The play premiered at the Globe Theatre in Spring 1606. It was performed by the King's Men, but casting is uncertain. John Lowin may have performed the title role, as he is associated with the role in James Wright's Historia Histrionica (1699). William Gifford hypothesized that Alexander Cooke may have played Lady Would-be. Either that summer or the next, an outbreak of plague closed the London theatres, and the company performed the play at Oxford and Cambridge. Jonson may have added the first act's satire on Pythagoras for these audiences. The play certainly remained in the King's Men's repertoire throughout the period. It was performed for Charles in 1624 while he was still Prince of Wales, in 1630, and again at the Cockpit-in-Court in 1637.
After the Restoration, the play enjoyed a lengthy prominence: John Genest records over fifty performances before 1770. John Evelyn saw it performed at the court of Charles II on 16 October 1662. When the theatres reopened, the play was owned by the King's Men of Thomas Killigrew; it was performed at Drury Lane in 1663. Michael Mohun played Volpone to Hart's Mosca; Katherine Corey played Celia, and Rebecca Marshall played Lady Would-be. The same cast was seen by Samuel Pepys in 1665.
The play continued in performance throughout the 18th century. Richard Steele mentions a performance in a 1709 edition of Tatler. Famous eighteenth-century Volpones included James Quin; famous Moscas included Charles Macklin. Colley Cibber played Corvino in his productions; his wife Katherine Shore played Celia, as later did Elizabeth Inchbald. As with many other Jacobean plays, Volpone had lost its appeal before the end of the 18th century. Earlier in the century, critics had complained about the improbability of the fifth act, frequently likened to farce, and to Jonson's highly Latinate language. An updated version by George Colman the Elder failed at Drury Lane in 1771. By the end of the century, the objections appeared insurmountable to producers, and the play fell into disuse.
The play was revived by the Phoenix Society at the Lyric Hammersmith in 1921; W. B. Yeats was in the audience and mentions the production approvingly in a letter to Allan Wade. The Birmingham Repertory Theatre staged the play at the Malvern Festival in 1935.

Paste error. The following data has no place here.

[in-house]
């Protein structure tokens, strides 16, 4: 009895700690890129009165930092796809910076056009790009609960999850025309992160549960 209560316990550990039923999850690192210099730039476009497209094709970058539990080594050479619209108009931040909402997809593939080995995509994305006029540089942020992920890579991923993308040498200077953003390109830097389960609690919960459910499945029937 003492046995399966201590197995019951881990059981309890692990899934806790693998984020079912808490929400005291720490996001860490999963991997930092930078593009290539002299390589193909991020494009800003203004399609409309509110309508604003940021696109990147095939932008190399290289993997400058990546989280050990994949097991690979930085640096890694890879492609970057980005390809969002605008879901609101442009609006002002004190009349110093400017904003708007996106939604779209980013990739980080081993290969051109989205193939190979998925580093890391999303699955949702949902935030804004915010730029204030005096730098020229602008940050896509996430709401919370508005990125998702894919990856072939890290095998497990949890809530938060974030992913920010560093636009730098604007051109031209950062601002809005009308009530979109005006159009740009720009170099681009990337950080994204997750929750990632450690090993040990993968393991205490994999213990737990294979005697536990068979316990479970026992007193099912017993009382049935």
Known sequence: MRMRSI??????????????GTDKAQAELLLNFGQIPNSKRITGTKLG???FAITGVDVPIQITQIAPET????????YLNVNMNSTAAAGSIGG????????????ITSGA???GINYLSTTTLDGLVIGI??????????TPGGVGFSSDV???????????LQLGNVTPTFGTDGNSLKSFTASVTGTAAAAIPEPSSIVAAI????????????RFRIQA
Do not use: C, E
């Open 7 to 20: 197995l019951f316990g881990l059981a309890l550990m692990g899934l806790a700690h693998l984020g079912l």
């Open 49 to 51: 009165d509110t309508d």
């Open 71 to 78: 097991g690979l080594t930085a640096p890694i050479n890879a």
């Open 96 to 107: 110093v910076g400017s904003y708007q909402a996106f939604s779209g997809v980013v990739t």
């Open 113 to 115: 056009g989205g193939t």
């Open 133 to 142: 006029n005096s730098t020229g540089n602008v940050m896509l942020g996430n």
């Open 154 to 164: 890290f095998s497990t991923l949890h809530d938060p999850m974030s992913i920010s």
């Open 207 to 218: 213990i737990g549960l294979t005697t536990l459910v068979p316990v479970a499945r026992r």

A 1938 production introduced two of the dominant elements of twentieth-century productions: the performance of Donald Wolfit and animal imagery. Wolfit's dynamic performance in the title role, repeated several times over the next decades, set the standard for modern interpretations of Volpone: Politick's plot was truncated or eliminated, and Mosca (played in 1938 by Alan Wheatley) relegated to a secondary role.
The play has since been staged by a number of famous companies. In 1952, George Devine directed Anthony Quayle (Mosca) and Ralph Richardson (Volpone) at the Stratford Memorial Theatre. At the same theatre in 1955, Eric Porter played Volpone. In 1968, Tyrone Guthrie's National Theatre production emphasized the beast-fable motif; this production featured stage design by Tanya Moiseiwitsch.
In 1972, the play was staged at the Bristol Old Vic. A most memorable production of the 1970s was Peter Hall's staging for the Royal National Theatre in 1974, with Paul Scofield as Volpone, Ben Kingsley as Mosca, John Gielgud as Sir Politick, and Ian Charleson as Peregrine.
Matthew Warchus received an Olivier Award nomination for his 1995 production at the Royal National Theatre; it featured Michael Gambon and Simon Russell Beale.